• Ver 2 –Has a leave group message, when host quits. However router sends general query to all host if they want to continue the  group. Host replies with report. Lowest ip address router is the querier. Still sends general queries = inefficient
          • Ver 3 – Source filtering
          • Querier – Router with the lowest IP address
          • DR – Router with the highest IP address. NO DR on a POINT-TO-POINT link
          • RPF – Reverse Path Forwarding unicast routes towards destination. Multicast routes away from it source. Destination is a multicast group. Router needs to know how to route back to the source and what are the downstream paths.
          • RPF Check – inspects incoming multicast packet. If it arrived on the upstream interface, the packet is forwarded otherwise it is dropped#
          • IGMP Snooping – helps layer 2 switches. Listen to host reports, records multicast Mac addresses and port to determine which ports require stream rather than flood all ports. CPU Intensive, only ideal on higher end switches
          • CGMP like IGMP snooping helps layer 2 switches. It not as CPU intensive. Need to enable on both the router and switch
          • MAC Address – multicast MAC starts with 01-00-5e. The rest is the IP address (last 3 octet) of the multicast. E.g.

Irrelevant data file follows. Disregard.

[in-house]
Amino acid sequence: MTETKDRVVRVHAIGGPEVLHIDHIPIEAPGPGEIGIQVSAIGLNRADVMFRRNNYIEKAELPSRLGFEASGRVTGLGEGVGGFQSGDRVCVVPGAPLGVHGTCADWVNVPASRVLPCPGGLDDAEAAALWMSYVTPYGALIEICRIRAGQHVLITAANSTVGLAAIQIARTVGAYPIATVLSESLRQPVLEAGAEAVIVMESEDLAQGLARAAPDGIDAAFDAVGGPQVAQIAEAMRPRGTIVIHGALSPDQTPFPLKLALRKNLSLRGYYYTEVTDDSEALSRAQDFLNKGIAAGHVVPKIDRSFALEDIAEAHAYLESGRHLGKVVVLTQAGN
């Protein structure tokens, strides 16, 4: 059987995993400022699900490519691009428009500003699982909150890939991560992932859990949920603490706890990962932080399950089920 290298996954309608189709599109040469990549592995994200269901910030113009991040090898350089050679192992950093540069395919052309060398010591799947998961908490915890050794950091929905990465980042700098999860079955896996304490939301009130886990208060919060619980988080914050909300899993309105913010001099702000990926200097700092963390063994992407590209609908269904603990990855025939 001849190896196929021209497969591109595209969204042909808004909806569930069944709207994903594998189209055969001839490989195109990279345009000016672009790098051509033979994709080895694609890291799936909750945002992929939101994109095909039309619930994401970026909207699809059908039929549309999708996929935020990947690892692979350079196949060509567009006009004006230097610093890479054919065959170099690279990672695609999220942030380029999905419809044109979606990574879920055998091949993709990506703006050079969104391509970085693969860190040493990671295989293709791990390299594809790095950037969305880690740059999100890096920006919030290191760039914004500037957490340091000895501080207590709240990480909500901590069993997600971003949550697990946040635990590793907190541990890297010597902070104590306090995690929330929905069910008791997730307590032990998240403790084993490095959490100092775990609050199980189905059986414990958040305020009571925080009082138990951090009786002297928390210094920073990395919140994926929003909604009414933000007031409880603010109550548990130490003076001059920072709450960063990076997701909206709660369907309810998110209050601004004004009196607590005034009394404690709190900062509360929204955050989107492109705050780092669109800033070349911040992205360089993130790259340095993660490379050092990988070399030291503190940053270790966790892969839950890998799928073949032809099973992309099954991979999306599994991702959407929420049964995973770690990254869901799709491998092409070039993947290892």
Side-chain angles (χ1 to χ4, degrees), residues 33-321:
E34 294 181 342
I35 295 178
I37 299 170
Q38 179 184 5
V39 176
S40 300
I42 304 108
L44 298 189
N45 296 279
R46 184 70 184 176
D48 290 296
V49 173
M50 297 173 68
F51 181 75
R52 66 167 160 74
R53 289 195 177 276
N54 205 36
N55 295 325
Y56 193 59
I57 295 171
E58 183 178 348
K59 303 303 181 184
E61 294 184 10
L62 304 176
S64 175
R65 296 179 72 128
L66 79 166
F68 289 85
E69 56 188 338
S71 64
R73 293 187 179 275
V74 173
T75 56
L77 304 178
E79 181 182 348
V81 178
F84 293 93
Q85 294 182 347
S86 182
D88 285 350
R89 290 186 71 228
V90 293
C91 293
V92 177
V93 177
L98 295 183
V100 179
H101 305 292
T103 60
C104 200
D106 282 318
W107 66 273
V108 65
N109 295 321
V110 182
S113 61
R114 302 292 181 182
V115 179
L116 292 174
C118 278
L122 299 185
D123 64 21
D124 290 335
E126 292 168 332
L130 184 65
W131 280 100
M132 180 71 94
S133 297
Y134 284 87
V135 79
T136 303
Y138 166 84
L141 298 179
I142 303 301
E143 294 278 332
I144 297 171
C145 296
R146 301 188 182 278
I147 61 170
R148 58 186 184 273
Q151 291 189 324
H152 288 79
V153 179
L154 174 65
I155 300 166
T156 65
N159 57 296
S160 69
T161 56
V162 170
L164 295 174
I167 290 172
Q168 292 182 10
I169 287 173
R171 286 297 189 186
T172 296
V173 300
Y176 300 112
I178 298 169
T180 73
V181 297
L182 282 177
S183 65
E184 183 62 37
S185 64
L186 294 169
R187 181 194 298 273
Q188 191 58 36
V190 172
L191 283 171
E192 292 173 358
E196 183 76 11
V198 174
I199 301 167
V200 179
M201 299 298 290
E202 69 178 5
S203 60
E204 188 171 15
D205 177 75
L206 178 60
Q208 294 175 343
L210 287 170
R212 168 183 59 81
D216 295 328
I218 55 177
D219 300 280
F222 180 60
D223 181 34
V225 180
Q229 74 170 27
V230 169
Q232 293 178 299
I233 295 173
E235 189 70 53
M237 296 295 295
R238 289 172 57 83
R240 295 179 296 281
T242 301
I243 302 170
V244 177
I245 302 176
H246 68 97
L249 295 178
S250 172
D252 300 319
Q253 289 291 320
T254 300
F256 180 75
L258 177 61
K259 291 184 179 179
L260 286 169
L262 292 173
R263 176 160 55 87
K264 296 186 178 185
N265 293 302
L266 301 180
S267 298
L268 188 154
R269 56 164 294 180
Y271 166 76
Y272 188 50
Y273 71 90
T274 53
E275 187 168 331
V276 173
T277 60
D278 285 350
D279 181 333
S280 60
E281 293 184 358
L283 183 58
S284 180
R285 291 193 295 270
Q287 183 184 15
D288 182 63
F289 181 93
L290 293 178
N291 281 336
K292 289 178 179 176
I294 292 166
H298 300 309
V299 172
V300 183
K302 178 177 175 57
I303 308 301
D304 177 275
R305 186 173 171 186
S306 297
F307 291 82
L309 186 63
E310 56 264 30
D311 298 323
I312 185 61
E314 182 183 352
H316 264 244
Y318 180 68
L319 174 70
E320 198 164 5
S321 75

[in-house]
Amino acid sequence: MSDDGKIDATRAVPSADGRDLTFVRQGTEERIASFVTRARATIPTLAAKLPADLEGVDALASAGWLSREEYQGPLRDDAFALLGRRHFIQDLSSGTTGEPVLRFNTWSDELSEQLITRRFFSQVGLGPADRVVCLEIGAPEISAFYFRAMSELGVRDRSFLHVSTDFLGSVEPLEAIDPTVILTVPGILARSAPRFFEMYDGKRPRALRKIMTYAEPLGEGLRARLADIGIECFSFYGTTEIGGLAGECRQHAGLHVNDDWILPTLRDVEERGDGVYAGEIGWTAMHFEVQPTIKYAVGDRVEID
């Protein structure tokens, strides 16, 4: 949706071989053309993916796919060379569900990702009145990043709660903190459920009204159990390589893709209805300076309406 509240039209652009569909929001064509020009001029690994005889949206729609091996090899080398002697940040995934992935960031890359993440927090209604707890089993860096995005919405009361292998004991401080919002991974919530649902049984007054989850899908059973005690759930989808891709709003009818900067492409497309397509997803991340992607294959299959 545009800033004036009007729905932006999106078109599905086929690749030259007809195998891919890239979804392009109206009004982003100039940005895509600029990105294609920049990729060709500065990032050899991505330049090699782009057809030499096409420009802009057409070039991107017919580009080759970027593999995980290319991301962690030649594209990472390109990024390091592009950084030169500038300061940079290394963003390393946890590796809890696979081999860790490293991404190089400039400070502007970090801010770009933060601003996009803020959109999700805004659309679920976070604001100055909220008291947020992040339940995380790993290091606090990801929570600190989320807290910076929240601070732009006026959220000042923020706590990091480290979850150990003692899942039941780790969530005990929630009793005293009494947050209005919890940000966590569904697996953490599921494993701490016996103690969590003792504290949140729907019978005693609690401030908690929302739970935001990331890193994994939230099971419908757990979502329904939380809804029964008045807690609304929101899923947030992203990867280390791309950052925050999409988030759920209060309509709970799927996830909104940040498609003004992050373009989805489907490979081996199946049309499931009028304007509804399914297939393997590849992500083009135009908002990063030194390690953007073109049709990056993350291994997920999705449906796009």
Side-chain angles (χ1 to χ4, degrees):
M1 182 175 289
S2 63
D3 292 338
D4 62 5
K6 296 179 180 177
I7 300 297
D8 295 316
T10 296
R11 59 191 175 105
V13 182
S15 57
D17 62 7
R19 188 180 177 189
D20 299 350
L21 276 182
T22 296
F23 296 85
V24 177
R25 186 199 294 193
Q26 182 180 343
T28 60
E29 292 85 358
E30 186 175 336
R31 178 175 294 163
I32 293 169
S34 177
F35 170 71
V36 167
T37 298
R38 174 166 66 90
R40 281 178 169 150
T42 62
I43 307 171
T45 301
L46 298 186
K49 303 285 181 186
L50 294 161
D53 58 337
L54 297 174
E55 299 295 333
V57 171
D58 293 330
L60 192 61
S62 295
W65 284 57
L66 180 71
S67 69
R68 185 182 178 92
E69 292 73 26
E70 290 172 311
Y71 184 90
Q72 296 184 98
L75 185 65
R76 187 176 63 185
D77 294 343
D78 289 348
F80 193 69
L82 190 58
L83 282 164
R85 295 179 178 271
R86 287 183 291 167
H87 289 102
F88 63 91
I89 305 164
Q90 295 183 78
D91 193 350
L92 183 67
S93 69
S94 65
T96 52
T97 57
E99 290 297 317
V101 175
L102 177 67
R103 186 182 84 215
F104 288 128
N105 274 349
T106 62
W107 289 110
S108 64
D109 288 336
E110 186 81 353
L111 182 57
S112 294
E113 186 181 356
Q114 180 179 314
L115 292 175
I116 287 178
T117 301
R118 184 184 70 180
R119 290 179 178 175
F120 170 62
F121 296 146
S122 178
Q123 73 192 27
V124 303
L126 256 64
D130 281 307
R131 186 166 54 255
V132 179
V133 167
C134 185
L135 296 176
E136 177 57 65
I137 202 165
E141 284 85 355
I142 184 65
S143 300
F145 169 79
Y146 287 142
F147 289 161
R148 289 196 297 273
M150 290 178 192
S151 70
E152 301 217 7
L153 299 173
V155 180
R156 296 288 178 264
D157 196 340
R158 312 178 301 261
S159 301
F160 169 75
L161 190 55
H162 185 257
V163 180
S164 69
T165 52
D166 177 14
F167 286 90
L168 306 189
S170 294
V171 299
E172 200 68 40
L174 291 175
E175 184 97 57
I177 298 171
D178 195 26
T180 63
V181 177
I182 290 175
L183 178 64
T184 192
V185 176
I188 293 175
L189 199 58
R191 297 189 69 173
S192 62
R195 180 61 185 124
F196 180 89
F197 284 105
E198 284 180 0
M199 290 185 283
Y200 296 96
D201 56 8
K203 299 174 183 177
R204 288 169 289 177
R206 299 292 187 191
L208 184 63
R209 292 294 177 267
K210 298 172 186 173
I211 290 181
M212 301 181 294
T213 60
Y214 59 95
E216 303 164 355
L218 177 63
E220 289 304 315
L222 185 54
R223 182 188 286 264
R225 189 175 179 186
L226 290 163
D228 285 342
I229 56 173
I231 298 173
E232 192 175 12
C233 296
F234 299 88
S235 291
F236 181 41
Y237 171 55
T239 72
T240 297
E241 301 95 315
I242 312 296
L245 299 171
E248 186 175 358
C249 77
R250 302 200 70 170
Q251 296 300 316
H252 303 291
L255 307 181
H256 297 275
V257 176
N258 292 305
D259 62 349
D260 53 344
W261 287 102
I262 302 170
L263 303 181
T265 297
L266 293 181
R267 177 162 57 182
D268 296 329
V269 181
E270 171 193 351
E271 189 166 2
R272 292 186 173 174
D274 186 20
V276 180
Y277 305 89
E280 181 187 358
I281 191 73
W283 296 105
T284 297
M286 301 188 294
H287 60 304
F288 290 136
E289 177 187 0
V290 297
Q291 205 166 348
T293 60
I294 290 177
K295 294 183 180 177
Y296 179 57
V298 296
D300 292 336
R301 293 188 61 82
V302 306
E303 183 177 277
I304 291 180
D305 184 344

• 224.0.1.12 = 11100000  00000000 00000001 00001100
            • Hex                                              00               01             0C
            • 224.0.1.12 = 01-00-5e-00-01-0c
            • 224.128.1.12 = 01-00-5e-00-01-0c

Convert 01-00-5e-04-43-AC in IP

  • X. 4 (04). 67 (43). 172 (AC)
  • 1110xxxx. 00000100             01000011             10101100
  • X                             4                              67                           172
  • 1110xxxx. 10000100             67                           172
  • X                             132                         67                           172

***commands***

Enables router for multicasting

  • R1 (config) # IP Multicasting-routing

RP Address

  • R1 (config) # IP pim rp-address

Enable PIM on interface

  • R1 (config-if) # IP pim sparse

Shows multicast neighbours . IP add, Interface, Version etc

  • R1# Show ip pim neighbour

 

Multicast Crib Notes

These are my ‘crib notes’ that I’ve made to serve as a last minute refresher. Please forgive the grammer / spelling as I did not develop these notes with publishing in mind.

Multicasting

***theory***

  • 224.0.0.0 – 239.255.255.255 is multicast range
    • 224.0.0.0 – 224.0.0.255 reserved for network protocols / local network control block
      • 224.0.013 is PIMv2 and 224.0.0.22 is IGMPv3
  • 224.0.1.0 – 238.255.255.255 globally scoped addresses for internet etc
    • 224.0.1.1 Network Time Protocol (NTP)
  • 239.0.0.0 – 239.255.255.255 is private addresses / limited scope addresses / administratively scoped block
  • PIM – Protocol Independent Multicast. Creates a multicast tree. Source sits on top of the tree & sends Mcast stream. Recipients on logical branches. If no downstream router have mcast group , then that router does not forward mcast traffic